In losing much of my autonomy, I eagerly grasped at the little bit of power afforded to me by becoming the sole manager of my domain: the house and the children.
I felt ashamed about this, but I often swallowed bitterness and anger at having to take care of all the cooking and cleaning.
As the years passed, my husband and I found ourselves settling into this way of "doing marriage".
Changing my mind
I remember vividly when, one day, my husband, frustrated, pointed out to me that the pet passage for “separate-male-and-female-roles-in-marriage” opened with the statement: “Submit to one another” (Eph 5:21a).
Submit to one another...
I sat with this for quite a while.
It was the beginning of many “aha” moments for me about marriage.
I pondered why so many preachers focused on the woman’s job to “submit to her husband”, when it was clear from this passage that husbands and wives ought to be “submitting to one another”.
What did it mean for a husband and a wife to submit to each other?
This was a radical departure from everything I had thought up to this point; it was the seed which grew radical change in my marriage, change for the better.
Before I get into specifics, here are a few thoughts:
Here are some websites which discuss the two views of marriage. Some of them take a neutral stance, while others lean towards a certain conclusion:
And now, back to my new, “radical”, conclusions about mutual submission and how they changed my marriage (for the better).
Marriage Equality For the Win!
When I believed I had to submit, I appointed my husband as the final decision-maker in our home. It is stressful for a man to be “stuck” with making all the decisions himself.
Really, how can we say that a man, simply by nature of his male-ness, is all-knowing and all-discerning?
It was nice for my husband to know that I was standing beside him to face life, and not behind him.
As my husband and I navigated the new landscape of mutuality, we had more conversations than we had ever had. I learned that in some areas, I knew better what would be the right move to take, while in others he did.
Our conversations and debates sharpened each other, and, ironically, brought us both into more humility, mutual respect and admiration.
When we were doing marriage by playing out each of our "roles", I hadn’t realized how much I suppressed my own desires and dreams.
The more I awakened, the more I began exploring my own interests; I became much happier and more fulfilled.
Prior to this, I often looked to my husband to affirm me. After all, what else did I have? Submitting, meeting his needs, that was my job.
What a load off my husband’s shoulders when I found my own satisfaction and vision.
And what husband would not desire for his wife to feel capable and satisfied?
Stepping out of claiming any “dominion” over the house and kids also did wonderful things for our marriage.
First off, I used to denigrate housework as “woman’s work”.
Yet, isn’t all work around the house necessary and good? (Not to mention, since when did we begin qualifying work as work by whether or not we make money doing it?)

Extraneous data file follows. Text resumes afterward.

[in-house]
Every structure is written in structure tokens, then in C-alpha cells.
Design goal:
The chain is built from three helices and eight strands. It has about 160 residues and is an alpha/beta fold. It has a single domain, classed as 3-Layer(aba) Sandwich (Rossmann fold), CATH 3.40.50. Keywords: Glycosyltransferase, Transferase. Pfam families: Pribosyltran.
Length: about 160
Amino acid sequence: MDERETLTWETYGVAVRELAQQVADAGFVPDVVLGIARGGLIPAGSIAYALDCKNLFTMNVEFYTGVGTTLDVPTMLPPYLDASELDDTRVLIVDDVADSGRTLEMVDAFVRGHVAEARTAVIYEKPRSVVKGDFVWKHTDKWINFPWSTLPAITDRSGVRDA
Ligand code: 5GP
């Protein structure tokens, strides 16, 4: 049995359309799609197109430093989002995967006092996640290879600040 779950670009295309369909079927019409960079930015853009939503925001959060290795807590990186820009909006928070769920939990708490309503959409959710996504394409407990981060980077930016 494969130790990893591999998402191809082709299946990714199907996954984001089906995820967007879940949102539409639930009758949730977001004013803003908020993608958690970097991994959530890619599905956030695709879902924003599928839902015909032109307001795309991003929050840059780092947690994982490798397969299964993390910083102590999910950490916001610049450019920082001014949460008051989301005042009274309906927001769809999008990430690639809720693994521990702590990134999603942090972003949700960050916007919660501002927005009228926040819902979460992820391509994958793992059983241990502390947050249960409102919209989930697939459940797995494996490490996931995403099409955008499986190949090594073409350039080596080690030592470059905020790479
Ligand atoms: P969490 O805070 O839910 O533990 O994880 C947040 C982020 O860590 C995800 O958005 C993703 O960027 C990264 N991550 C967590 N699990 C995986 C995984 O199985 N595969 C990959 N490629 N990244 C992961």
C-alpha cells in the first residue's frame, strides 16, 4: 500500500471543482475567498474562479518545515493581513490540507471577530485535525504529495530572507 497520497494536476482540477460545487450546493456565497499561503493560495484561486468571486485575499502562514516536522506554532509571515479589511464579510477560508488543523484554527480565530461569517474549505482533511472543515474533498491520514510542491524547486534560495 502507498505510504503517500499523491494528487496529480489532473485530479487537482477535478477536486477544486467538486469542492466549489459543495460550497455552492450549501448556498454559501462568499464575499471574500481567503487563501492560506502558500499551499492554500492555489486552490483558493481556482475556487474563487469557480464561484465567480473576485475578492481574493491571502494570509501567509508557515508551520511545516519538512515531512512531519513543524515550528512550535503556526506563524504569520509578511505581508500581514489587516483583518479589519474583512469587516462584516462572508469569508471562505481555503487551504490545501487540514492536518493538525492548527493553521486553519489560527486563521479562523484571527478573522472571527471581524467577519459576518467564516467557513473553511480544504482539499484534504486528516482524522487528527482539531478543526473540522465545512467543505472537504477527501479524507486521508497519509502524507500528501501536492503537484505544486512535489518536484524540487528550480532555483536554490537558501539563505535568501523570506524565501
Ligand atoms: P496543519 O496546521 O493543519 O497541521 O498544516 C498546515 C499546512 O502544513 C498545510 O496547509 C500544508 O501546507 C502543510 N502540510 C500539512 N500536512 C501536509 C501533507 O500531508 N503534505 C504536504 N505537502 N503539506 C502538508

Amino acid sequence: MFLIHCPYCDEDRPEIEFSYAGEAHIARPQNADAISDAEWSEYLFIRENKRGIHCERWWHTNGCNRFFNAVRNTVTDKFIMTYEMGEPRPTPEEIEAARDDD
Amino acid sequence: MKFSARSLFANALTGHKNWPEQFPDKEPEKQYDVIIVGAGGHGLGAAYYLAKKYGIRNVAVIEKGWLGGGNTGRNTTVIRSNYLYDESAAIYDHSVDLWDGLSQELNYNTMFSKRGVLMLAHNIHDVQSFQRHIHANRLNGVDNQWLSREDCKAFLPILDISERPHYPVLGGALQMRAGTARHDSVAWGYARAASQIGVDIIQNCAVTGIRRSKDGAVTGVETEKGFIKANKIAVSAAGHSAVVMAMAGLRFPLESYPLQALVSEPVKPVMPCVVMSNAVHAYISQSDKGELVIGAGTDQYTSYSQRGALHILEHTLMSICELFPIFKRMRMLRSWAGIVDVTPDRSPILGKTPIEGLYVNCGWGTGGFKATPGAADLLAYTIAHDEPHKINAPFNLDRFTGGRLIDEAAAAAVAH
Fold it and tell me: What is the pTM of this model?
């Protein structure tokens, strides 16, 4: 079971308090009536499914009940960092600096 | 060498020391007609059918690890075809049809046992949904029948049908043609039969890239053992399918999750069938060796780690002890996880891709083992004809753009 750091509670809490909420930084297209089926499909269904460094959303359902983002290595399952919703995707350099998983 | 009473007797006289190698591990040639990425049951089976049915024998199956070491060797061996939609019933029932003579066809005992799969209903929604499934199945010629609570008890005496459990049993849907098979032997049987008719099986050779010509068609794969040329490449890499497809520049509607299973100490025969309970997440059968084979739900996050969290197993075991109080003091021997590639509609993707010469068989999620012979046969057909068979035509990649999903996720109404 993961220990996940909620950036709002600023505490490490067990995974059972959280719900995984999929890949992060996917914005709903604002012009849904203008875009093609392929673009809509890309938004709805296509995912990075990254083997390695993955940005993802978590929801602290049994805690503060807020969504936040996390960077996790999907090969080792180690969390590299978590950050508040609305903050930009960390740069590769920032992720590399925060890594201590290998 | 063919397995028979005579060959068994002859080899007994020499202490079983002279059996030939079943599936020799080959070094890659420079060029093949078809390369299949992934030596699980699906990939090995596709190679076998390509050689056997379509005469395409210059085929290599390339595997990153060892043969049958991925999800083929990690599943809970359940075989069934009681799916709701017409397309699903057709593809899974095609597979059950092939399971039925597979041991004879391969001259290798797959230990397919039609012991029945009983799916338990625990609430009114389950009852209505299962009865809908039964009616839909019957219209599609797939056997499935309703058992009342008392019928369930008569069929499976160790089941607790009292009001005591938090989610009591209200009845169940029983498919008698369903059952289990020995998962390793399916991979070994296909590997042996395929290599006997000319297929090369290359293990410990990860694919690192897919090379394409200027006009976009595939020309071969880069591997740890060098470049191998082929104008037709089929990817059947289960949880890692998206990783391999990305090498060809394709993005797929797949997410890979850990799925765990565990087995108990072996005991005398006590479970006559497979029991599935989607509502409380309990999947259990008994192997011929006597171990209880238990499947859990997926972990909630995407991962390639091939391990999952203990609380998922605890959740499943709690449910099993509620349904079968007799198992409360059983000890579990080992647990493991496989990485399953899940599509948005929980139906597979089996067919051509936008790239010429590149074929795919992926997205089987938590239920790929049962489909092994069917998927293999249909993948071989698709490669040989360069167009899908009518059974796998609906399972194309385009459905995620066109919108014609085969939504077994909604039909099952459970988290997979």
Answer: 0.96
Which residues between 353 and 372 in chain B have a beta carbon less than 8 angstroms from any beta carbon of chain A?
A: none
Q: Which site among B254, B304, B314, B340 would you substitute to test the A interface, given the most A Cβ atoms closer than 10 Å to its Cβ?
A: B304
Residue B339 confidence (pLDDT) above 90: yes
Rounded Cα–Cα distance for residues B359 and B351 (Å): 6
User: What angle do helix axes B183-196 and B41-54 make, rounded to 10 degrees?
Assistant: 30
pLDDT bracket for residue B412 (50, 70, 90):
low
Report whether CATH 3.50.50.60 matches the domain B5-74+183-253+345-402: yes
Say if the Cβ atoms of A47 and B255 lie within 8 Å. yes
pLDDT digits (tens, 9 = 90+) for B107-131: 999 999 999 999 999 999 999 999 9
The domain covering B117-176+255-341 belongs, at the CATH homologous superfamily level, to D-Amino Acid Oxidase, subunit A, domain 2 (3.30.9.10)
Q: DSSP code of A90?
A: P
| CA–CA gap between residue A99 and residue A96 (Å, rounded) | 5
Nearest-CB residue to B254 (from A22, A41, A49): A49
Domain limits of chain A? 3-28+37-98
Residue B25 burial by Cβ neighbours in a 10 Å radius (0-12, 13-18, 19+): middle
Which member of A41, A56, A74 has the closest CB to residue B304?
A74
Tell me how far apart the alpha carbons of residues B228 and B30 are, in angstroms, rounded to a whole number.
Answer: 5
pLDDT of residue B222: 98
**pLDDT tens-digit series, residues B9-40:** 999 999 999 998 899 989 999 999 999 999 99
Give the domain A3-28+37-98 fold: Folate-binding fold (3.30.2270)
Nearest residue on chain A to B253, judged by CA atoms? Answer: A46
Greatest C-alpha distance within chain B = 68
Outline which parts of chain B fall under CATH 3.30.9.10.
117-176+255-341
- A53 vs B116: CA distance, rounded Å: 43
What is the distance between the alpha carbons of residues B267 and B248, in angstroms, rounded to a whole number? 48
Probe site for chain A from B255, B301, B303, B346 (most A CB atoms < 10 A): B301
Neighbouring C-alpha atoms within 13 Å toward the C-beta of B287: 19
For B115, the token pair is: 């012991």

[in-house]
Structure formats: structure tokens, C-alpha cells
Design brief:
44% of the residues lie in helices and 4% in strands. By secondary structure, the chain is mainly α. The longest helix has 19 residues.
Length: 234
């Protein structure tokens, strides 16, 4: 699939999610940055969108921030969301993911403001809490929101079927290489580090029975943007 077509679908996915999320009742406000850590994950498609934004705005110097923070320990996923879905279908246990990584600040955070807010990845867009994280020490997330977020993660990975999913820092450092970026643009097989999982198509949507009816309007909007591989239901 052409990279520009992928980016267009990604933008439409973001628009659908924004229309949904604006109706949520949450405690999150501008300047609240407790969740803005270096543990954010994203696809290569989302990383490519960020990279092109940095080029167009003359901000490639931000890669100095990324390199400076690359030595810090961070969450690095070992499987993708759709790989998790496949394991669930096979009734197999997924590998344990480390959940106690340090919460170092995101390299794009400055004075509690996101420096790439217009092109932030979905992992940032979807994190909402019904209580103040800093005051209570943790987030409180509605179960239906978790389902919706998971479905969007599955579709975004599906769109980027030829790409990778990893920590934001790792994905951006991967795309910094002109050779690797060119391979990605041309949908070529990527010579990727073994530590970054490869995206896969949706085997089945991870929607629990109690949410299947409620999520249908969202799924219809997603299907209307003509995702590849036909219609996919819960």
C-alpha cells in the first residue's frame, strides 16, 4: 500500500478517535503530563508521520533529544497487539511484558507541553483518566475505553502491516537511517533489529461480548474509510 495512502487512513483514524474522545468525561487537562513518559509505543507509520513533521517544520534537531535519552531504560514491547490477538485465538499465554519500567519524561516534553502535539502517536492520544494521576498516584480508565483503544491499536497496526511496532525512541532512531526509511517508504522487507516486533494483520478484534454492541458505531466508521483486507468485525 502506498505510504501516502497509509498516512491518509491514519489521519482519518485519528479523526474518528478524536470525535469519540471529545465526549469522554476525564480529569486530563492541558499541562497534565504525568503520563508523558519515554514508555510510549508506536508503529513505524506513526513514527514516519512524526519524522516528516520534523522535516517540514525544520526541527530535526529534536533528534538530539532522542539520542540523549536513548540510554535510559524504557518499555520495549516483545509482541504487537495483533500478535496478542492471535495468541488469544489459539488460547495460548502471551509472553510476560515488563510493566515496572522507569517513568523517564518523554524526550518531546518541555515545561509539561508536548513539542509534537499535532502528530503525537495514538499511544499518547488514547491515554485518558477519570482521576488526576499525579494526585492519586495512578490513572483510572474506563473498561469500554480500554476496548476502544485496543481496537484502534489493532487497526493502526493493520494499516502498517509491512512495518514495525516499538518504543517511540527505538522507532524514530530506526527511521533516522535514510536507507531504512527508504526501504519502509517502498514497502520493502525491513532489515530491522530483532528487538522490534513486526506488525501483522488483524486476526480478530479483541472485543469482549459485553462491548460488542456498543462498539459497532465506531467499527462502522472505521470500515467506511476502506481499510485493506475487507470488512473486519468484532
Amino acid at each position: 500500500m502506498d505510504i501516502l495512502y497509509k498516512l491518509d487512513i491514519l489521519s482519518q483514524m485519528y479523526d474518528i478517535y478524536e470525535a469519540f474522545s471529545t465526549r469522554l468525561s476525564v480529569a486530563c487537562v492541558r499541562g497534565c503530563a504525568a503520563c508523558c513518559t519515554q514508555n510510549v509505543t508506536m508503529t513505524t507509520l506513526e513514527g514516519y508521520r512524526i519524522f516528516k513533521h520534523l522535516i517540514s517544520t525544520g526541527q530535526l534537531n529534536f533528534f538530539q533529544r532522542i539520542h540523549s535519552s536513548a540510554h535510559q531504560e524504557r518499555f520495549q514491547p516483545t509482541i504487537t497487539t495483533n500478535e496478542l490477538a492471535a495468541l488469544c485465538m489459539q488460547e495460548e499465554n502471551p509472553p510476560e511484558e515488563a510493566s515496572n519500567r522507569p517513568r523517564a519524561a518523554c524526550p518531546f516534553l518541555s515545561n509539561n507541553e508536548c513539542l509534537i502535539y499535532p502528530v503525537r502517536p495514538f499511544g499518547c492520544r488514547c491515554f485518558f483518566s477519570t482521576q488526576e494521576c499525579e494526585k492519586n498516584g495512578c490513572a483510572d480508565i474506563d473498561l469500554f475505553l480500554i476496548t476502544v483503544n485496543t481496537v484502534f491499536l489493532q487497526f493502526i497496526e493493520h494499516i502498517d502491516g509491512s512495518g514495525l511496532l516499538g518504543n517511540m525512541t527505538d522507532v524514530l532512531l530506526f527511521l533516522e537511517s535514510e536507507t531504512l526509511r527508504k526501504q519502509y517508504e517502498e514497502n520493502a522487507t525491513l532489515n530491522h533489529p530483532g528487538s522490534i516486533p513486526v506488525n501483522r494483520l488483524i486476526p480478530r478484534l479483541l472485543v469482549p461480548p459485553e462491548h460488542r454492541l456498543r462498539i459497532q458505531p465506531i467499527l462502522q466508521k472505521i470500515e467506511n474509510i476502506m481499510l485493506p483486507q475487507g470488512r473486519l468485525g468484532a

Oddly, seeing my husband cleaning the house and cooking elevated "house-care" and affirmed it as good work.
Secondly, my husband began to cultivate his own unique relationship with our children as he partnered with me in caring for them.
No one is perfect, and I have areas of weakness as a mother.
Disallowing my husband from comforting the children and meeting their needs was shortchanging them: how they have benefited from my husband’s nurturing style!
He has gifts and skills I do not, and vice versa.
Last but not least, I gained freedom to pursue my own business ideas and higher education opportunities. This made me a better mother.
My view of myself changed: I was not “just a mom” or “just a home-educator”, I was a smart, talented and creative woman.
I began to treat homeschooling as the job it is. This has greatly benefited my children.
Beauty in Equality and Covenant Relationship...
My pastor shared last Sunday an amazing vision for marriage as a covenant relationship: both parties enter said covenant agreeing to grow and learn and be affected by one another.
(A little hint about what I think of women's roles in the church: my pastor is a woman; I have learned so much from her...)
How often do we realize that God chose to enter a covenant relationship with us, "the bride"?
And because of God’s relationship with us, God is affected by our joys and sorrows, our celebrations and our pain?
In her book, Jesus Feminist, Sarah Bessey says this about marriage:
“[...] if our marriages can give some small and imperfect glimpse of the Kingdom of God in action, warriors fighting in distinct unity, then we need to dance, in and around and with each other, in intimacy and mutual submission.”
Wait, did she just call men and women, “Warriors fighting in distinct unity”?!
Single friends reading this: I promise, this entire discussion has to do with you, too. I know single women are often marginalized, especially in faith circles.
Dear one, you are just as important as the rest of womankind. The world needs you. We’re going to crack that powerful notion open.